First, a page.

“The government and the fiscal authorities stubbornly believe that everything they do is right and there are no mistakes,” Mirkin said. “As long as we have this economic team at the helm, there won’t be any substantial changes.”
Could Russia’s economy benefit from tensions in the Middle East?
However, the geopolitical turbulence in the Middle East and, particularly, the recent growth in tensions between Iran and Saudi Arabia, which resulted from the execution of the Shia priest in Saudi Arabia, could spur an increase in oil prices and change the situation in favor of Russia.
Christopher Hartwell, the president of the Center for Social and Economic Research in Warsaw (CASE) says that the instability in the Middle East between Iran and Saudi Arabia can boost the price of oil.
“Saudi Arabia has used oil in the past as a weapon, and I don’t see that changing any time soon,” he told Russia Direct. “But instability could also drive oil prices higher.”
Theoretically, any conflict at the Middle East can lead to the growth of oil prices and this might happen abruptly and unexpectedly, said Stanislav Tkachenko, professor in the International Relations Department of St. Petersburg State University.
“If the open conflict between two oil giants — Saudi Arabia and Iran — starts, the price of $100 might become a reality in several months,” Tkachenko argues. “However, such kind of conflict is hardly likely to happen in the near future. Pragmatists from both sides in the leadership of these powers will do their best to prevent it.”
At the same time, economists warn such changes could be short-term and only aggravate the problem by misleading the Russian authorities that they can wait with reforms.
“There is a chance [the tensions between Iran and Saudi Arabia] might increase oil prices, but the fact that this influence has been very limited indicates that the oil market is caught up with more powerful fundamental factors,” said Oleg Buklemishev, associate professor of Economics at Lomonosov Moscow State University (MGU), in an email to Russia Direct.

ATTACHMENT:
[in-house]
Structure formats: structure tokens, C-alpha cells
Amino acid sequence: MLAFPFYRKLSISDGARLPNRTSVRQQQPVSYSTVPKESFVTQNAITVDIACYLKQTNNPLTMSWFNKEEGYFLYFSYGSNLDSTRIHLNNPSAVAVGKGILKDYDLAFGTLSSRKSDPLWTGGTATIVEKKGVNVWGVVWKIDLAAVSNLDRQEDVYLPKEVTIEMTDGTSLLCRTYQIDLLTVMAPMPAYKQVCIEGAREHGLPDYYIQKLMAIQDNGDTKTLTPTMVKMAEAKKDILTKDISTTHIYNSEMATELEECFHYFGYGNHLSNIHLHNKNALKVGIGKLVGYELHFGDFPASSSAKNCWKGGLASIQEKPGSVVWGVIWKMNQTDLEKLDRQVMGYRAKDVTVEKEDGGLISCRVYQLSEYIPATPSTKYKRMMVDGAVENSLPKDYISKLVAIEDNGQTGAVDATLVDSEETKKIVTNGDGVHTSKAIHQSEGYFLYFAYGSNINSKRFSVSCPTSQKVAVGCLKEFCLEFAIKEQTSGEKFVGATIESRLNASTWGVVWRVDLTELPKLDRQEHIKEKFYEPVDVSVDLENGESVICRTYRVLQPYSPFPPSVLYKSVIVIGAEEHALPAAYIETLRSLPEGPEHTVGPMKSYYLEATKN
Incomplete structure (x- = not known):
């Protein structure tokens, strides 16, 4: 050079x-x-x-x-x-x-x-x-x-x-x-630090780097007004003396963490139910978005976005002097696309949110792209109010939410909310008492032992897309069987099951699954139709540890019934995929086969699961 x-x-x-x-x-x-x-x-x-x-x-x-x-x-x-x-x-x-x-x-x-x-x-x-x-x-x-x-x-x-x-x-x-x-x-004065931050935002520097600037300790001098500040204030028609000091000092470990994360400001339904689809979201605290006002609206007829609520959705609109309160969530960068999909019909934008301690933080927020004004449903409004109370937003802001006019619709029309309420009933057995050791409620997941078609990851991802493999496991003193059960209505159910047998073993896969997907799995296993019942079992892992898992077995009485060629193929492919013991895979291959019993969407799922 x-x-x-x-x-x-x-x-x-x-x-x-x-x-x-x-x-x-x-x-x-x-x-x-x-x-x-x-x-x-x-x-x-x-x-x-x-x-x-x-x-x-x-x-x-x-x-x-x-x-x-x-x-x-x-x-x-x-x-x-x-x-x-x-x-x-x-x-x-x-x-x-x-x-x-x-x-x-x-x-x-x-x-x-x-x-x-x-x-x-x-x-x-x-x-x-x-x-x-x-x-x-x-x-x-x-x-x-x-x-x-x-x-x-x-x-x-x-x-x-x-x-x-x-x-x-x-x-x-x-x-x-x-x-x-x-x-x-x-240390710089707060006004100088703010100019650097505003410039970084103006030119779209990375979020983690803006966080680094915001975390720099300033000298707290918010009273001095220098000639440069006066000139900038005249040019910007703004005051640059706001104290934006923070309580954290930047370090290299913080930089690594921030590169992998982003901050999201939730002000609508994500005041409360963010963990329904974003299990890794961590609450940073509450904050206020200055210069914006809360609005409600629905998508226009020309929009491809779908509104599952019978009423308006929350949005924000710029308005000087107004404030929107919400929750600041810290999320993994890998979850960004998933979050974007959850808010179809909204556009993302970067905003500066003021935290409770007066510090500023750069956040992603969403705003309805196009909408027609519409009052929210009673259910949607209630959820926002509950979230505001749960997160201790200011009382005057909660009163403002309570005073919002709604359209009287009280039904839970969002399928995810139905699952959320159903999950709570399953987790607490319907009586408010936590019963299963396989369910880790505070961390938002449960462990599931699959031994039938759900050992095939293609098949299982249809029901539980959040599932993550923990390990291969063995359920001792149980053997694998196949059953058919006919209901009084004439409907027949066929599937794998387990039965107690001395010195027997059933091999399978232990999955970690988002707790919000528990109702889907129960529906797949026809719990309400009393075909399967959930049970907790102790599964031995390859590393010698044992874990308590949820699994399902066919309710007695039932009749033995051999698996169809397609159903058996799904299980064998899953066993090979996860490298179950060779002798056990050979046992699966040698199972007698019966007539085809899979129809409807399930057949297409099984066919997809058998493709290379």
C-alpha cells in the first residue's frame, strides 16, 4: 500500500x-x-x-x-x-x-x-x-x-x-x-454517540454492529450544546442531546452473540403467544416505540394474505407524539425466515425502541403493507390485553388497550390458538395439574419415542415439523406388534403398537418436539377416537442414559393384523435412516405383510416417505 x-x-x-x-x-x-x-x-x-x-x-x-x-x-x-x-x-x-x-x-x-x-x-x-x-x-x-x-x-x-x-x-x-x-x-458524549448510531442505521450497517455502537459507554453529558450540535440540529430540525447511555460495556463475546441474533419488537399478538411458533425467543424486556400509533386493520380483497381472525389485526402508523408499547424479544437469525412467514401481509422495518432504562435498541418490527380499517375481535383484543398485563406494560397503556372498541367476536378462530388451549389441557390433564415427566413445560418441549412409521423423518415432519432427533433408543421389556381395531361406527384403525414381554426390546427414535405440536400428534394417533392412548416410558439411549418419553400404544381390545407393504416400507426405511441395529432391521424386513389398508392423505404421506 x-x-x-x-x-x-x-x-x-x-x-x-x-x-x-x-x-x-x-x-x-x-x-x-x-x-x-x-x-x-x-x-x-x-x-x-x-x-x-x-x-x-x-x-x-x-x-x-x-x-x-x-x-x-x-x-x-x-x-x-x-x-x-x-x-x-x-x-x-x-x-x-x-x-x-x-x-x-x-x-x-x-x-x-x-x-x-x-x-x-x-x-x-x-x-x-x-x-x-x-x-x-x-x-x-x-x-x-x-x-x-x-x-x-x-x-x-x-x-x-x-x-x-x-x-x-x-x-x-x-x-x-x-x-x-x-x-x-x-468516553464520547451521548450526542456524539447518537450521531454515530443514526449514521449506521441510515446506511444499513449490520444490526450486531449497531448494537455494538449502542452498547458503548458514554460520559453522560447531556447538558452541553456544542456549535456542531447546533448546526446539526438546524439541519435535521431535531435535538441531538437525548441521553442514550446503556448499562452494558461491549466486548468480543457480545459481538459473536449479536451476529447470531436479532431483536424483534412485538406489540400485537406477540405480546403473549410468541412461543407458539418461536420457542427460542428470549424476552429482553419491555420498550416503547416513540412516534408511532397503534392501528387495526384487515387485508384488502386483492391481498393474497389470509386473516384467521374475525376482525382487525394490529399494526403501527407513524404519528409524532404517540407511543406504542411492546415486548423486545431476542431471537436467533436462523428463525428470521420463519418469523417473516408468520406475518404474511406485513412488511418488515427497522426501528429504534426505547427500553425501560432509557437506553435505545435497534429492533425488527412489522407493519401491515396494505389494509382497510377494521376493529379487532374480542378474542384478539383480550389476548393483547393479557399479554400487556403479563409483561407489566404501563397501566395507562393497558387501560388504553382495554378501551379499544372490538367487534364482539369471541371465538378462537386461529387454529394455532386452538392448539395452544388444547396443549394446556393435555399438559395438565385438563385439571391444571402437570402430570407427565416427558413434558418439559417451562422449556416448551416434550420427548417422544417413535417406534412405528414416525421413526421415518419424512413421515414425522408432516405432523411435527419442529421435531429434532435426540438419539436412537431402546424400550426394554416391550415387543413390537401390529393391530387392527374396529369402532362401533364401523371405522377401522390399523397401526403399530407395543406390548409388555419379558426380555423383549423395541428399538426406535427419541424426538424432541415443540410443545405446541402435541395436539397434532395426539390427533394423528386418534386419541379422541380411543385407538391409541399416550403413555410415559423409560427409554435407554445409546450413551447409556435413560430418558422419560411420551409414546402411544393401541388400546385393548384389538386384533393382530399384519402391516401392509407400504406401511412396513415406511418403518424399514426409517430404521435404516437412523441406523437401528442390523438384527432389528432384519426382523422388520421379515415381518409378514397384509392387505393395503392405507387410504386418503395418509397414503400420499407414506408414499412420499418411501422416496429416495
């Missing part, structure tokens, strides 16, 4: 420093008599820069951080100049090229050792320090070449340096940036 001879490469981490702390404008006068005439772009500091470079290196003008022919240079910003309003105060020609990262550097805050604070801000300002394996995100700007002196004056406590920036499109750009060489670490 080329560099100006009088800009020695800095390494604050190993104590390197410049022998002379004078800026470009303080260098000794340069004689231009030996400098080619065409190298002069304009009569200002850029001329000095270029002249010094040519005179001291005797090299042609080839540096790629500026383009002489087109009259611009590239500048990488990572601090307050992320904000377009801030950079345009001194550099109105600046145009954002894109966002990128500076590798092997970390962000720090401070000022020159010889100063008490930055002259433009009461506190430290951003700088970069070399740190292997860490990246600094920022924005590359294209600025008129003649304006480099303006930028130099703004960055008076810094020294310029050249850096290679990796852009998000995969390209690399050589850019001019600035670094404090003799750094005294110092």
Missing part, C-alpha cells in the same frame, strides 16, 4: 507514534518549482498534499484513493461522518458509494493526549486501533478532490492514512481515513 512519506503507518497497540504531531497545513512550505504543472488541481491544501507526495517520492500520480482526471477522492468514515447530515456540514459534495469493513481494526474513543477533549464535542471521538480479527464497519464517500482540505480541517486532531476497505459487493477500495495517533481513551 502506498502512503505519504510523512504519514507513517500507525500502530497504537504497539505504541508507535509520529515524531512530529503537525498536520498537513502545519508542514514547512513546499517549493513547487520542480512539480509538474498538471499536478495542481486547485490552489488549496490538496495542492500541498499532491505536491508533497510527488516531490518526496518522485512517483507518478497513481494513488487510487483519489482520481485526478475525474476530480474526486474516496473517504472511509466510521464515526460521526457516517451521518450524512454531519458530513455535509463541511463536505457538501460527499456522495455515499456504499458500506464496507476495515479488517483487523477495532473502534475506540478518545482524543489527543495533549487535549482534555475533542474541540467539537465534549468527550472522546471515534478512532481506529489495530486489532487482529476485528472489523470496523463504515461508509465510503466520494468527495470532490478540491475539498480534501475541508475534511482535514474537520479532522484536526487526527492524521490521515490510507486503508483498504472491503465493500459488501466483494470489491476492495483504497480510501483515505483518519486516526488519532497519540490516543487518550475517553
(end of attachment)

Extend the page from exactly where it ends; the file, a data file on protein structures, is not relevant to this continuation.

Evsey Gurvich, head of the Moscow-based Economic Expert Group in Moscow, says that previous experience indicates that in the case of open confrontation between Tehran and Riyadh the growth in oil prices will be short-term. Therefore, there is no reason to expect “the return of expensive oil.”
Robin Lewis, director of RANEPA’s Master of Global Public Policy program, agrees that oil prices will never return to the previous level, but expresses hopes that “things might move in a more positive direction toward the end of the year” and “oil prices will return at least to a more reasonable level.”
“Right now it is a very unusual and very extreme situation, where oil is so undervalued. Hopefully, the kind of balance will be restored,” he told Russia Direct during the Gaidar Economic Forum.
It remains to be seen if there will a bounce back in oil prices in 2016, but it won’t save the Russian economy. In such an unpredictable situation, the only way to improve the economic situation in Russia seems to conduct structural reforms. In times of external pressure, the Kremlin had better “conduct the policy of stimulating domestic supply and demand, unchaining the energy of business, decreasing tax and regulatory burden, costs and risks,” recommend Mirkin.
However, he is disappointed with the current policy of the Russian authorities, pointing out that, instead, the Kremlin is conducting a policy of restrictions and excessive control that hampers business and the economy.